Monthly Archive: August 2012

Aug 29

Torches of Freedom, or the self-perpetuating promotional power of science

Wake up people! Politicians and corporations are manipulating us. And they’re using all the sophistication of science to do it. Thus is the general tenor of a recent wave of internet news articles and blog entries, illustrating the hidden machinations of the shadowy figures who ‘really’ control our lives. And though the claims made in …

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Aug 24

Big Science and the Atomic Clock

Caesium Atomic Clock 1955 on display in the Science Museum, London, England.

Modern Times means Modern Time! Don’t trust the Earth, trust the Atom! This was the first successful atomic clock. In 1955, when it was developed, it proved more accurate than any other time keeper in the world. The use of stable vibrations of caesium atoms at a time standard was first proposed by the physicist …

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Aug 21

“‘The dentist will see you now’ – Dental unit fills hole in new health service”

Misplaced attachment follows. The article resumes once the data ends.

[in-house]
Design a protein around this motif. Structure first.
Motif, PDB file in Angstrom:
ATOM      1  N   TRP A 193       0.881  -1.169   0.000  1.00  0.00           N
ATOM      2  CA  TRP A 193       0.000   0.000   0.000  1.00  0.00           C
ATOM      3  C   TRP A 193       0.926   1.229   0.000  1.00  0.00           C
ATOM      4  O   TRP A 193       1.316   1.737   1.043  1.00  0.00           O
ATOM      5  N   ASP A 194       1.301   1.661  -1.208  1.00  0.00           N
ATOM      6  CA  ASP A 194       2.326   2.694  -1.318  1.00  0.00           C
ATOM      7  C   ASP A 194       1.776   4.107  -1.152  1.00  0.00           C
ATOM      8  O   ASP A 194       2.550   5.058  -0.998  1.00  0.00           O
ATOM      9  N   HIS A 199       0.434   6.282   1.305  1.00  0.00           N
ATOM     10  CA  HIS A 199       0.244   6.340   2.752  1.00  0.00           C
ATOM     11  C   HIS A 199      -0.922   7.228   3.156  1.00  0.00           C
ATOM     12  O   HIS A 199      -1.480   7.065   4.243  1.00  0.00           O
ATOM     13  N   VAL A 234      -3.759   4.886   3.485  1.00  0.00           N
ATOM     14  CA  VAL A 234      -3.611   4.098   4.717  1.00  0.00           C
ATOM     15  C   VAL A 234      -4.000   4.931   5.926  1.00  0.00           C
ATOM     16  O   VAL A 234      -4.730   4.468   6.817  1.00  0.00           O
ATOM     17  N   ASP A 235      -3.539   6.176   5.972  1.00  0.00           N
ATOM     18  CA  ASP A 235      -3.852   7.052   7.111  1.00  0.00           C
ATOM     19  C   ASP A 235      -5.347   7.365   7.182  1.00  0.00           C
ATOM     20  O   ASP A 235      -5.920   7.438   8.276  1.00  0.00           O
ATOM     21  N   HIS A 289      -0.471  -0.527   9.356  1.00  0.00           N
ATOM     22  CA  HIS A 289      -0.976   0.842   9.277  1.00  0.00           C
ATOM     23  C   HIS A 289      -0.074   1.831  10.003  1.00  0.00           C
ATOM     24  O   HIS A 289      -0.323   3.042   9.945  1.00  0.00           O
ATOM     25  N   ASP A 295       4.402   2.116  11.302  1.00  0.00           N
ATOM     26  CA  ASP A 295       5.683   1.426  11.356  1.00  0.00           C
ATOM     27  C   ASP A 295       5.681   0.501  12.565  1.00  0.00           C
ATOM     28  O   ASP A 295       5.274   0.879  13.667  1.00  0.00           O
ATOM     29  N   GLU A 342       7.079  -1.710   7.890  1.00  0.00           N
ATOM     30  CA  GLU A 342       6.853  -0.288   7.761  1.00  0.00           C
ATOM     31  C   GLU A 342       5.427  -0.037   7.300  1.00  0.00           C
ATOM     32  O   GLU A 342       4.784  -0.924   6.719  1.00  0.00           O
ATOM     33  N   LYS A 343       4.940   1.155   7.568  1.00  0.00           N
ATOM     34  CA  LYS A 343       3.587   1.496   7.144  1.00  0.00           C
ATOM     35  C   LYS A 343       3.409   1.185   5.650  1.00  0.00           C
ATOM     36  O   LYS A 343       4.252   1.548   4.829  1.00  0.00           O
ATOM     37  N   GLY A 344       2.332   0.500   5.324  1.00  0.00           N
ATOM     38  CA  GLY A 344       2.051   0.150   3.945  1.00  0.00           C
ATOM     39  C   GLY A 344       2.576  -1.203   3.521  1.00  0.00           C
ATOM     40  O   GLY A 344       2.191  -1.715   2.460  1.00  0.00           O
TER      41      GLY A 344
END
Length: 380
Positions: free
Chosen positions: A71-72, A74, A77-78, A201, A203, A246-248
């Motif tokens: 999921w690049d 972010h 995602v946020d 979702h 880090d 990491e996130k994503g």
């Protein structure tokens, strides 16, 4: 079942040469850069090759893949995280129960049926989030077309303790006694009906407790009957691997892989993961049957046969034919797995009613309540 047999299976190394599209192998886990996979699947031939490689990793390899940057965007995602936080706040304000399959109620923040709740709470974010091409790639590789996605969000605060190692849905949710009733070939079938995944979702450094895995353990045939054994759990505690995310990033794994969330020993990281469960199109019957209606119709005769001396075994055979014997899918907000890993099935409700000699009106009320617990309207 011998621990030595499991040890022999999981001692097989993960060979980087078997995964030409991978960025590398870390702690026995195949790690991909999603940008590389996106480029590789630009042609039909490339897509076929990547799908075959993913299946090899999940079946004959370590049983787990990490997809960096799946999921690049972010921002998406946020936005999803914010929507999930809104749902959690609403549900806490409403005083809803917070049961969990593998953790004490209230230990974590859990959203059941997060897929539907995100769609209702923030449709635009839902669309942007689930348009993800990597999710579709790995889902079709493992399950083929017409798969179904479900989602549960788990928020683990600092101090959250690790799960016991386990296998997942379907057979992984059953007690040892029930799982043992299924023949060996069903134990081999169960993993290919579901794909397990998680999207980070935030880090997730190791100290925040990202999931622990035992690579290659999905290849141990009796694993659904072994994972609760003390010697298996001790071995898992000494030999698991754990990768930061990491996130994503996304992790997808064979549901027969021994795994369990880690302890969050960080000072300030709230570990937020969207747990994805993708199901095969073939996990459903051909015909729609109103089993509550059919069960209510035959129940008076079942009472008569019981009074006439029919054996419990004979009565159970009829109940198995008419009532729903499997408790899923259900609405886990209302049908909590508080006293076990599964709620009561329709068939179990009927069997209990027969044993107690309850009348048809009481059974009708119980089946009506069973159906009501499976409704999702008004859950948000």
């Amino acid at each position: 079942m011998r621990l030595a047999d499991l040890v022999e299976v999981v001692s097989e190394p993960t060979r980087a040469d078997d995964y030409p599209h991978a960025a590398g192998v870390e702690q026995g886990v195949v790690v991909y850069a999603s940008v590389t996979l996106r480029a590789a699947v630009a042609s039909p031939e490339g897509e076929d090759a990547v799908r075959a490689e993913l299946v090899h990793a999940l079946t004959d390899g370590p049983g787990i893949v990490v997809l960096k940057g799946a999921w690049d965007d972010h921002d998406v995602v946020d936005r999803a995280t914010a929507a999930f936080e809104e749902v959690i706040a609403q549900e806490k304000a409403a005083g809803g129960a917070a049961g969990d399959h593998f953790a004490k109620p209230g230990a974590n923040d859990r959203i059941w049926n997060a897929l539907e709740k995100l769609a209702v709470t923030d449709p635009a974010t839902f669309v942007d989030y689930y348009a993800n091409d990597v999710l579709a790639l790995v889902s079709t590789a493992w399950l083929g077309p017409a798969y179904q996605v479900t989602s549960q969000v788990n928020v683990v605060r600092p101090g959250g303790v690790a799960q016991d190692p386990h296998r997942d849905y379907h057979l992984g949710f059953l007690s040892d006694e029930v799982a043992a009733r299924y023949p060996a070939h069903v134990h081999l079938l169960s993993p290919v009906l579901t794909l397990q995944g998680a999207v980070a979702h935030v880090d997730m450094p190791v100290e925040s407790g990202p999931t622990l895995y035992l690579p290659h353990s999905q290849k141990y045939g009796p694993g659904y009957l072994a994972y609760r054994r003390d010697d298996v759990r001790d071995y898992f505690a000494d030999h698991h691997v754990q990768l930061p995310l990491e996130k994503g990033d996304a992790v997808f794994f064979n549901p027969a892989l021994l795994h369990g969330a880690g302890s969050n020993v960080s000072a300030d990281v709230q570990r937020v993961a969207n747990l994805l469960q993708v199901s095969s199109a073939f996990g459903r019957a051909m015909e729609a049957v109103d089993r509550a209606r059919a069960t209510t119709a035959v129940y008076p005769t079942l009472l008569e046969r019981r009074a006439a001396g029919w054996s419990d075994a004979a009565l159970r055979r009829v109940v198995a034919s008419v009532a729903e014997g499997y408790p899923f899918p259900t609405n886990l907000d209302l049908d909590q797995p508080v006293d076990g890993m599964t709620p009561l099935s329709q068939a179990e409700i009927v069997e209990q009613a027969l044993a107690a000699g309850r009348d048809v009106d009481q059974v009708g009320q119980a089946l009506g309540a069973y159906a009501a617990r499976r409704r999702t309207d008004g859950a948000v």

The Dental Manufacturing Company Dental Unit, 1945-55 In July 1948, the NHS was opened by Labour health minister Bevan, making dental treatment available to the whole population, free of charge, for the first time. This sudden expansion of treatment meant that, at first, there was a shortage of specialist dental equipment. The Dental Manufacturing created, …

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Aug 10

Technology in Everyday Life c.1939-1968

From prams and washing machines to radios and vacuum cleaners, this display of items from the 1951 Festival of Britain is clearly domestically centred.  Here, science and technology appear to impinge on almost every aspect of day-to-day British life with items for entertainment (games, fireworks and broadcasting technologies), beauty (hair styling and clothes tailoring), cleaning …

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Aug 05

Fellow experimenters in art and science part II

Sarah Craske, one of our Chain Reactionists, put me onto this one: BioARTCAMP.  There’s also a video of the project.  BioARTCAMP was a project run out in the wilds of the Rocky Mountains, bringing together artists and scientists into an unfamiliar and necessarily improvisatory environment.  This simple act of transportation has a transformative effect on …

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